Physical Activity Engagement Linked Linked to Frontal Asymmetry During Approach-Avoidance Decision Making

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University of Alabama Libraries

Aside from the various physical and psychological benefits of physical activity engagement, recent findings suggest levels of habitual physical and sedentary activity can predict patterns of lateralized frontal cortical activity at rest measured by electroencephalography (EEG). These lateralized brain activity patterns are linked to motivational systems proposed by Reinforcement Sensitivity Theory (RST) thought to govern behavioral approach, fight-flight-freeze, and motivational control responses. Research to date has primarily focused on the link between these patterns of frontal asymmetry at rest and self-reported habitual physical activity levels. However, past research has yet to examine whether these physical activity levels are linked to activation of specific motivational systems during situational frontal asymmetry patterns, neuro-correlates of motivation systems proposed by RST. The current study measured resting frontal asymmetry in addition to using a novel task to elicit situational frontal asymmetry to extend prior work on frontal asymmetric patterns of activity as a marker of habitual physical and sedentary activity. Results revealed a link between habitual sedentary activity and greater left frontal asymmetry, supporting recent frameworks of energy minimization that could mark more sedentary lifestyles. Situational frontal asymmetry results were in line with recent evidence suggesting strong situational manipulations may diminish the link between individual differences in physical and sedentary behaviors to motivation in a decision-making task. Potential limitations and further explanations are discussed.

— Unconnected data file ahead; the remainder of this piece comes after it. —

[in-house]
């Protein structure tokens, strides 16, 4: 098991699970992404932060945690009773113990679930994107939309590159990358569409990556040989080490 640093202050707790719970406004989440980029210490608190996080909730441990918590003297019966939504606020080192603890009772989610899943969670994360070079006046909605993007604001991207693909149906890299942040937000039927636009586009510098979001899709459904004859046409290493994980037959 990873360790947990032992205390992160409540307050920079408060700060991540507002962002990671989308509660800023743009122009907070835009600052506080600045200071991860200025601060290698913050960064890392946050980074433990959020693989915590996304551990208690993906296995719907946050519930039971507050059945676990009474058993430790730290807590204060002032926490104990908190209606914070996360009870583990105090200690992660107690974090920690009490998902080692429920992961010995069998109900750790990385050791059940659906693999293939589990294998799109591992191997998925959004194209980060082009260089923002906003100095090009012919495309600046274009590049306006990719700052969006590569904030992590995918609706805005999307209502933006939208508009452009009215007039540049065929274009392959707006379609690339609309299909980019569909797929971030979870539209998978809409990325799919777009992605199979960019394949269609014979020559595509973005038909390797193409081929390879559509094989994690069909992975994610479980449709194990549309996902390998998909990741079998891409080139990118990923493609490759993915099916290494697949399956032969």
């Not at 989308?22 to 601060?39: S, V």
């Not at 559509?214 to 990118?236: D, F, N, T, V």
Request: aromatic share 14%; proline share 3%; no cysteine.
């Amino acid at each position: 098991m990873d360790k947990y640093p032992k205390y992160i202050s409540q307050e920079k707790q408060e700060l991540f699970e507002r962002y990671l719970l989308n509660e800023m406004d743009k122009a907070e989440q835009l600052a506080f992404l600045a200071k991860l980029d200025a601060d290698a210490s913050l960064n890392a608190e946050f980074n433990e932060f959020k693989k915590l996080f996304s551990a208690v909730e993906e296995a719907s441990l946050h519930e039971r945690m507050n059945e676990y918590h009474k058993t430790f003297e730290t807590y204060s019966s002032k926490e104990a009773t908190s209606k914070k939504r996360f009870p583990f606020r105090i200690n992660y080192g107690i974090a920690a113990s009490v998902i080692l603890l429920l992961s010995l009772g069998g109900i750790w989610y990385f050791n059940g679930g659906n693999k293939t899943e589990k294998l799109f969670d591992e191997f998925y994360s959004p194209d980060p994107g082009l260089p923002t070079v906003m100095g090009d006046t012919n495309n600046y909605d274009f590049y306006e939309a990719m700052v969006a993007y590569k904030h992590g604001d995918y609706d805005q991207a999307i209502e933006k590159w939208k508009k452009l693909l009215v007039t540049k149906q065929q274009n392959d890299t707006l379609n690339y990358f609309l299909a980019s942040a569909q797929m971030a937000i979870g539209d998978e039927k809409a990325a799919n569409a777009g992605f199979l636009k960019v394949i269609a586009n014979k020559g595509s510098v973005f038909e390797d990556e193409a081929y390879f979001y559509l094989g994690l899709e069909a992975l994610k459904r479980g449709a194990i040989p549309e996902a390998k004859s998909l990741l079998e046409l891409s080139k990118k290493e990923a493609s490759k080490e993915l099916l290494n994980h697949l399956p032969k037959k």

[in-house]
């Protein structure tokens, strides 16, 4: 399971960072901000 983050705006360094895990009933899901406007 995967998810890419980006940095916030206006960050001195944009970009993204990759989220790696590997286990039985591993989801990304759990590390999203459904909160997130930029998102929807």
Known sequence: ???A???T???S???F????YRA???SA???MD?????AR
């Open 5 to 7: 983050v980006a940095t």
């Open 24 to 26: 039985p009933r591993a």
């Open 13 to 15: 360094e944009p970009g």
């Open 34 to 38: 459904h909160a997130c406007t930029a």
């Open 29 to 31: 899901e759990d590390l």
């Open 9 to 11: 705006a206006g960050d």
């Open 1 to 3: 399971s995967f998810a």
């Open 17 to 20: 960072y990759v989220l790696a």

Electronic Thesis or Dissertation
Reinforcement Sensitivity Theory (RST), Frontal asymmetry research